UK - British pension funds turned their back on domestic property in 2006, with property mandates in the UK halving, the consultancy firm Watson Wyatt has found.
Despite awarding around 60% more property mandates in 2006 than the previous year, UK property only accounted for 44% of total mandates, down from 93% in 2005, the company found among the UK pension fund it advises.
According to the firm, clients increasingly want global opportunities. "Real estate is global, and will be increasingly skill driven," a spokesman said.
Simultaneously, UK schemes continued to increase their allocation to alternatives, particularly to hedge funds, with the number of those mandates doubling compared to the previous year.
Craig Baker, global head of manager research at Watson Wyatt, believes that reducing deficits and implementing risk reduction strategies has a high priority for many pension funds.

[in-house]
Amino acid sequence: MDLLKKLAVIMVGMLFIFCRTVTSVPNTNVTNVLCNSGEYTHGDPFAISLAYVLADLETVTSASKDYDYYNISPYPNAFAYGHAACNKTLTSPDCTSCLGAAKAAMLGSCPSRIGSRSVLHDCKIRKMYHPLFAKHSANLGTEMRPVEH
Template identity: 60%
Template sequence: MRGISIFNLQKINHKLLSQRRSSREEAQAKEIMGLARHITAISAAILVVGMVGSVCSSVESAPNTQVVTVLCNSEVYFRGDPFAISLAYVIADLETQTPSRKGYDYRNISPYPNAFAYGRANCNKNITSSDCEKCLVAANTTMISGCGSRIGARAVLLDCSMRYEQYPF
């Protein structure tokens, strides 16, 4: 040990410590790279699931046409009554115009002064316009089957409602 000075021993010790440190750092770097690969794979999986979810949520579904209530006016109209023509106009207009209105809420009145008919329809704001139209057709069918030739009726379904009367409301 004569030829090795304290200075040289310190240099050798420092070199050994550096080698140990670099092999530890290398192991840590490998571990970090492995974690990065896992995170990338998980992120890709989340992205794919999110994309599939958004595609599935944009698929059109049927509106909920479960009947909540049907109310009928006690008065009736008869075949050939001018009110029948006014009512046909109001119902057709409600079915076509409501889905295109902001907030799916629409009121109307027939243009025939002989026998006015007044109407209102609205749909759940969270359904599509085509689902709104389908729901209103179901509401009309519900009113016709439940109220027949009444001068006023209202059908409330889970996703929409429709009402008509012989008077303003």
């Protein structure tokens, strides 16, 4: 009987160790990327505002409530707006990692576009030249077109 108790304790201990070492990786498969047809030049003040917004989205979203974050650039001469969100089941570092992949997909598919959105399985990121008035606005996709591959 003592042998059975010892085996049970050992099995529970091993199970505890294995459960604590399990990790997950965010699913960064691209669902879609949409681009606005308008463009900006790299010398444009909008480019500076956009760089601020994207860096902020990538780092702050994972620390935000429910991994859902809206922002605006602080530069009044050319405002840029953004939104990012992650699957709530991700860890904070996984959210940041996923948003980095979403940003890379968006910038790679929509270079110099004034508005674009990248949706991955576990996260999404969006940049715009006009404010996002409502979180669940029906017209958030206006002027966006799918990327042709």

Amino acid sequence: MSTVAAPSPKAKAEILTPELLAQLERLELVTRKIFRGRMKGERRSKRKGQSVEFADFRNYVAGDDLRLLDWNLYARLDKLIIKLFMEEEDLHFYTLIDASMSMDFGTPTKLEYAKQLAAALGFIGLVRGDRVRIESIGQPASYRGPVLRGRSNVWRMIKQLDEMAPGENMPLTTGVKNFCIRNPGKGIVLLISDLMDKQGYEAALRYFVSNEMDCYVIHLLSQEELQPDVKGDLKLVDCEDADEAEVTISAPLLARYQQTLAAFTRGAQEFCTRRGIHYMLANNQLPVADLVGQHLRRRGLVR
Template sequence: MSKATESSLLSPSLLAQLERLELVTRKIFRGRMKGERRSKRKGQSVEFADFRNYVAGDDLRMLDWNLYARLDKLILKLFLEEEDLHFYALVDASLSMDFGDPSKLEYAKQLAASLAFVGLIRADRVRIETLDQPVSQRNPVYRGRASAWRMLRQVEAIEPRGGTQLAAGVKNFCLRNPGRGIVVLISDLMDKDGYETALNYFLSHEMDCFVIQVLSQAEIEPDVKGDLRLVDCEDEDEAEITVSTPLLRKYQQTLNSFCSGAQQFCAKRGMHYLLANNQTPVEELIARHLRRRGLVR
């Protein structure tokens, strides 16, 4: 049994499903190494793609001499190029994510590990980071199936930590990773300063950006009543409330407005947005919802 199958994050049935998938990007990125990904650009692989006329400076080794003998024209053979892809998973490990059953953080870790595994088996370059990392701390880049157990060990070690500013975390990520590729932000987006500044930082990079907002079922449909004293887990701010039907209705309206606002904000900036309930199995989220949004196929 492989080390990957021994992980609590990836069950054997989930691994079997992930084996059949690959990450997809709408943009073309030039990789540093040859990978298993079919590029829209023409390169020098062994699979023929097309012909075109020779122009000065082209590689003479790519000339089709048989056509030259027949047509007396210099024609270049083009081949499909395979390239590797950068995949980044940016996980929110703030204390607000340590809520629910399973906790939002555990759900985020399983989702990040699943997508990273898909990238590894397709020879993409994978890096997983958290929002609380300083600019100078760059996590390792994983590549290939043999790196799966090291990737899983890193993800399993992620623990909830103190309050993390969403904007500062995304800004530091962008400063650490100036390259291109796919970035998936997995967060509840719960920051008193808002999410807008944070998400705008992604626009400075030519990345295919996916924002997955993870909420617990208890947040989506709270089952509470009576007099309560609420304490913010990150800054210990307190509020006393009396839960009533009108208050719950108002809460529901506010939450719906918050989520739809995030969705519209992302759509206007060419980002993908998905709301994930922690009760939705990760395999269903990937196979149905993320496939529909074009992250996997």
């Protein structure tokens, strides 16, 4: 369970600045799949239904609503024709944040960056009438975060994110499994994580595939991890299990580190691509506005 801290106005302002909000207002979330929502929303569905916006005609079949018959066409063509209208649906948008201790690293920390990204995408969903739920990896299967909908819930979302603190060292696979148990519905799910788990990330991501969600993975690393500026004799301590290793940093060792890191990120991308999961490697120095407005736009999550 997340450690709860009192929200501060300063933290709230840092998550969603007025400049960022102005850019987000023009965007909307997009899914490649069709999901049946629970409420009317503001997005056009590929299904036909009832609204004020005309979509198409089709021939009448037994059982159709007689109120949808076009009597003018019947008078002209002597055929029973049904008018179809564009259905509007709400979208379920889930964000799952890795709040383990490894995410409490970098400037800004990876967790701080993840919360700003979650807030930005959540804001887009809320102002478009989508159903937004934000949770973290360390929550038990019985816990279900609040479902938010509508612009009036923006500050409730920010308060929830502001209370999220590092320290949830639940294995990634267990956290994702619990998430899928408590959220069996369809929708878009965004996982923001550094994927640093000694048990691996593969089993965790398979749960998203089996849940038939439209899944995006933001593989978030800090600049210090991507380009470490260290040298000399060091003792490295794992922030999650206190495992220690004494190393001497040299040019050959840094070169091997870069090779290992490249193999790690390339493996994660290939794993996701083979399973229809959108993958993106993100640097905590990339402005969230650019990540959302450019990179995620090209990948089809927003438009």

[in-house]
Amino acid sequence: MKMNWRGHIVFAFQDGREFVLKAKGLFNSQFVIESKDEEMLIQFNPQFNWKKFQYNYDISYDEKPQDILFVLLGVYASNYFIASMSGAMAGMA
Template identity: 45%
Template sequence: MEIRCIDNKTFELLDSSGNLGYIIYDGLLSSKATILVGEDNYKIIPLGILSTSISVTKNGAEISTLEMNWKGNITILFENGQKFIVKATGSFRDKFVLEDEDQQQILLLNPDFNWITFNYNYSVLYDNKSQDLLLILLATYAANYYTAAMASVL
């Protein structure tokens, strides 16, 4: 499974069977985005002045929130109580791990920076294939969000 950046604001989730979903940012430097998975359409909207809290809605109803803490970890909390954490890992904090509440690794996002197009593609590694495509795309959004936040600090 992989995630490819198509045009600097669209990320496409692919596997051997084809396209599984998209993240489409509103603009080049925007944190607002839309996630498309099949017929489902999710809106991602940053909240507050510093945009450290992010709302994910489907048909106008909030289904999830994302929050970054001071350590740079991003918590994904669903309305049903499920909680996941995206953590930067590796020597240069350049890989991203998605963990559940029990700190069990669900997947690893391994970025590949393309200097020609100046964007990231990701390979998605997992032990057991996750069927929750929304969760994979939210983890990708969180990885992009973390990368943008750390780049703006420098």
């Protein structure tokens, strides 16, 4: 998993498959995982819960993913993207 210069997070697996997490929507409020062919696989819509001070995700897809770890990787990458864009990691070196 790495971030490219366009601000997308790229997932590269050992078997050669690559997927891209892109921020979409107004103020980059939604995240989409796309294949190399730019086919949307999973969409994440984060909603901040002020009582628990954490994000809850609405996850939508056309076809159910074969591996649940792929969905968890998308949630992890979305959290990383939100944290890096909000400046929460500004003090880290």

"Many are moving some of their assets away from benchmark-sensitive approaches to make meaningful allocations to alternative assets," he said. Absolute return approaches using alternatives are more likely to help reduce deficits, a spokesman added.
"New ideas in absolute return investing are being implemented more quickly as funds, plan sponsors and investment managers are realising the benefits of this type of investing, particularly using alternative assets," added Baker.
Furthermore, private equity investing has attracted "substantial" interest from UK pension funds, with the number of new mandates awarded increasing six-fold.
Baker estimates that the trend towards increased diversification using alternatives, among pension fund with better governance structures, is likely to continue as investment opportunities increase.
Although the fund of funds route will remain popular, "at the same time, some of the larger funds are likely to choose the direct route," he said.